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Washington Archive

Washington

Inside Washington (01/20/2009)

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* WASHINGTON (1/21/09)--A fraudulent e-mail seeking credit card information that purports to be from the National Credit Union Administration (NCUA) has been in circulation since Friday, Members United Corporate CU said in a statement to its members. The phishers ask e-mail recipients to click on a link to obtain a subscription from the NCUA Express Subscription Service. The recipient is then directed to a clone site that seeks credit card information. The NCUA does not charge for the service and does not solicit information over the Internet, the statement said ... * WASHINGTON (1/21/09)--The Federal Deposit Insurance Corp. (FDIC) is working to restore the Troubled Asset Relief Program (TARP) to its original purpose. The agency could issue a proposal soon that would allow financial institutions to apply for a 10-year debt guarantee if they put up collateral of recent consumer loans (American Banker Jan. 20). Currently financial institutions are guaranteed for three years. Institutions must apply before July and would agree to issue no more than 125% of their outstanding secured debt. Last week, Ben Bernanke, Federal Reserve Board chairman, suggested an aggregated bank could be created to purchase bad assets. Sheila Bair, FDIC chairman, said she supported his idea. Institutions planning to sell assets to the bank would be required to take an equity position, she said. The Treasury originally said TARP would be used to purchase troubled assets and create a market for them, but changed its focus to inject capital into banks ... * WASHINGTON (1/21/09)--The Federal Reserve Board has approved amendments to Appendix A of Regulation CC that reflect the restructuring of the Federal Reserve’s check processing operations in the Fifth and Sixth Districts. As of March 21, the Charlotte branch office of the Federal Reserve Bank of Richmond will no longer process checks. Bankers served by that office will be reassigned to the head office of the Federal Reserve Bank of Atlanta ...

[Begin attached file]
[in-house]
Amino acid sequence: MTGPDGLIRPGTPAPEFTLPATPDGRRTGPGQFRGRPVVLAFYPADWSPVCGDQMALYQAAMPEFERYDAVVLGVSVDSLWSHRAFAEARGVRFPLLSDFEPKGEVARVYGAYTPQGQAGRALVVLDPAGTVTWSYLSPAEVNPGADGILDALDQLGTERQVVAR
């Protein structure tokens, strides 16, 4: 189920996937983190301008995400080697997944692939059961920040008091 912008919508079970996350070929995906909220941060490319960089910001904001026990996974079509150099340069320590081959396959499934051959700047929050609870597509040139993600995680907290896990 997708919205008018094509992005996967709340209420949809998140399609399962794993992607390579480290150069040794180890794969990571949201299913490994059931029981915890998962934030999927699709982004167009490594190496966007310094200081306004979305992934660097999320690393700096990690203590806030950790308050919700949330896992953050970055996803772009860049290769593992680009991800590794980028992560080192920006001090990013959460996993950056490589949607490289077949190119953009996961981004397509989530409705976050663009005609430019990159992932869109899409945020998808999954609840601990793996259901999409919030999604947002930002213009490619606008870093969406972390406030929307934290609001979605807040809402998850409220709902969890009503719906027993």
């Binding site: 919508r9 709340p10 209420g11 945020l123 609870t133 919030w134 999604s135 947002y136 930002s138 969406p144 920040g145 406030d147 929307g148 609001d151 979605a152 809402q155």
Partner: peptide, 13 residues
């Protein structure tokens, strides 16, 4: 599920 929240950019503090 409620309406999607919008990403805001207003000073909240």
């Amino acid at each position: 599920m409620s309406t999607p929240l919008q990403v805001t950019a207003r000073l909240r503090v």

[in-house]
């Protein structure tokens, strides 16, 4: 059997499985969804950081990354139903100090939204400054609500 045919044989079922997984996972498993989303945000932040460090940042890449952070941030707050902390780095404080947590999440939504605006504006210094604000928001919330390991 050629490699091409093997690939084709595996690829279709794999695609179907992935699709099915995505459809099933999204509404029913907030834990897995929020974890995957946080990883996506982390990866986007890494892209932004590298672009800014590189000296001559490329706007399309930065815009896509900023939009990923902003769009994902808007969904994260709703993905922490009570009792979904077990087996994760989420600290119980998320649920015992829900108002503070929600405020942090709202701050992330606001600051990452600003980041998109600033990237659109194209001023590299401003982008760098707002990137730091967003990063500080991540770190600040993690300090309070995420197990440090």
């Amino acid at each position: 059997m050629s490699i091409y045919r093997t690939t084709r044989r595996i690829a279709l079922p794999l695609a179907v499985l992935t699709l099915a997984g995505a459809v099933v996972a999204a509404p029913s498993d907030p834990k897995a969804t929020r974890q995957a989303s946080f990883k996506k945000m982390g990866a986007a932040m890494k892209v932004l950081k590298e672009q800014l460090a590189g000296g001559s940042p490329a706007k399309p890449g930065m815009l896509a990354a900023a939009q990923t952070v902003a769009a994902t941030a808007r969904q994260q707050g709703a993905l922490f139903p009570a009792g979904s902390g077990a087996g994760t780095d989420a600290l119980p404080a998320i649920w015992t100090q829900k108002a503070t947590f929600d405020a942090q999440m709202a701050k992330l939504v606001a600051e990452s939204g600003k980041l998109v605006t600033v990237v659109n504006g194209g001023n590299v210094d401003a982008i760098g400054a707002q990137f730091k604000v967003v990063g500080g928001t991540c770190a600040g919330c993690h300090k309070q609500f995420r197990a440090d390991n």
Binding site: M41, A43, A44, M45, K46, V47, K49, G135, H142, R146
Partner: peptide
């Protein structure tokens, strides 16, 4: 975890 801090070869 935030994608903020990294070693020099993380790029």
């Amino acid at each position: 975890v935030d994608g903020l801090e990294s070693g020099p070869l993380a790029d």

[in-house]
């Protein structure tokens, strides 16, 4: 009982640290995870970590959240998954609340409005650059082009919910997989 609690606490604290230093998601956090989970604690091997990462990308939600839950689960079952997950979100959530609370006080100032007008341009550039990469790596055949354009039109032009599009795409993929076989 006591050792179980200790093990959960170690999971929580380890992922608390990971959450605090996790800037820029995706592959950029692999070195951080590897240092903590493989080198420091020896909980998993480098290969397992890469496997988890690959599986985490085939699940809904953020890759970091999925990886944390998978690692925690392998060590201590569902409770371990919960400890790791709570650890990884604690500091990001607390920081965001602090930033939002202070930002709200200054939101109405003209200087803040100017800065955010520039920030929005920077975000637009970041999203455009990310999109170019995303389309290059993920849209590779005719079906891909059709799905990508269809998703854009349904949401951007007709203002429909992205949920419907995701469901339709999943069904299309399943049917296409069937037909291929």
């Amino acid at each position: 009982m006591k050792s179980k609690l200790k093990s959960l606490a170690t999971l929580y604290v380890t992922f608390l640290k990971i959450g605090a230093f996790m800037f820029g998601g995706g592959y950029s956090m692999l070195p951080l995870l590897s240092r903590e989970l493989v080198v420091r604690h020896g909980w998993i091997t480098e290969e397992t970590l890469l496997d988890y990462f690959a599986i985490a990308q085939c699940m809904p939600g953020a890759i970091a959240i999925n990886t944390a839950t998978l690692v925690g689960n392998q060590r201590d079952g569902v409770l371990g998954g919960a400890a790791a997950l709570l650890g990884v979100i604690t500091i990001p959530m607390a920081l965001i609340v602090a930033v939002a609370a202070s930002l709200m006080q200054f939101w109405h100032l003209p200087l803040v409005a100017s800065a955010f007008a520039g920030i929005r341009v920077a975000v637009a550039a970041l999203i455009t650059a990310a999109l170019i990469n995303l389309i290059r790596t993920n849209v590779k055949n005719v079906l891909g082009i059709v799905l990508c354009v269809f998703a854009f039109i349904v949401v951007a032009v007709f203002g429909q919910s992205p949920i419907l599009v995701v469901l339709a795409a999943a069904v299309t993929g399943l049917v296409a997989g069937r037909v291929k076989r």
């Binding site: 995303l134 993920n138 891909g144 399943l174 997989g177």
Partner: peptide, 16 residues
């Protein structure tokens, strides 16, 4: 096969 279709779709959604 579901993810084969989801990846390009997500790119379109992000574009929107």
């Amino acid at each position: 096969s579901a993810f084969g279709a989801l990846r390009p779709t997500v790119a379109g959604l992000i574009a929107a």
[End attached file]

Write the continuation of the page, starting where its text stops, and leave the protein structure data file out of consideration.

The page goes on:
Credit card bills back on Hill agenda

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WASHINGTON (1/21/09)--Sweeping credit card reforms are back in the sights of some federal lawmakers. Sen. Charles Schumer (D-N.Y.) introduced a such a bill last week and Rep. Carolyn Maloney (D-N.Y.) is expected to do so in the House, if she has not already. Last year, lawmakers in both the House and Senate sponsored bills that would have, in part, required credit card companies to give 45-days notice prior to an interest rate change and prohibited card companies from increasing rates on existing balances except under certain circumstances. Since those bills were first introduced, the Federal Reserve Board has imposed stricter rules on credit cards, but similar action by the U.S. Congress would give those prohibitions the weight of law. The Credit Union National Association (CUNA) supports federal lawmakers’ intentions to end discriminatory, predatory, deceptive and abusive lending practices, said Ryan Donovan, the group’s vice president of legislation affairs. However, he emphasized that CUNA continues its work to ensure that unintended consequences do not restrict the range of products and services that credit card issuers currently offer, thereby cutting off credit to some and raising the price of credit for all.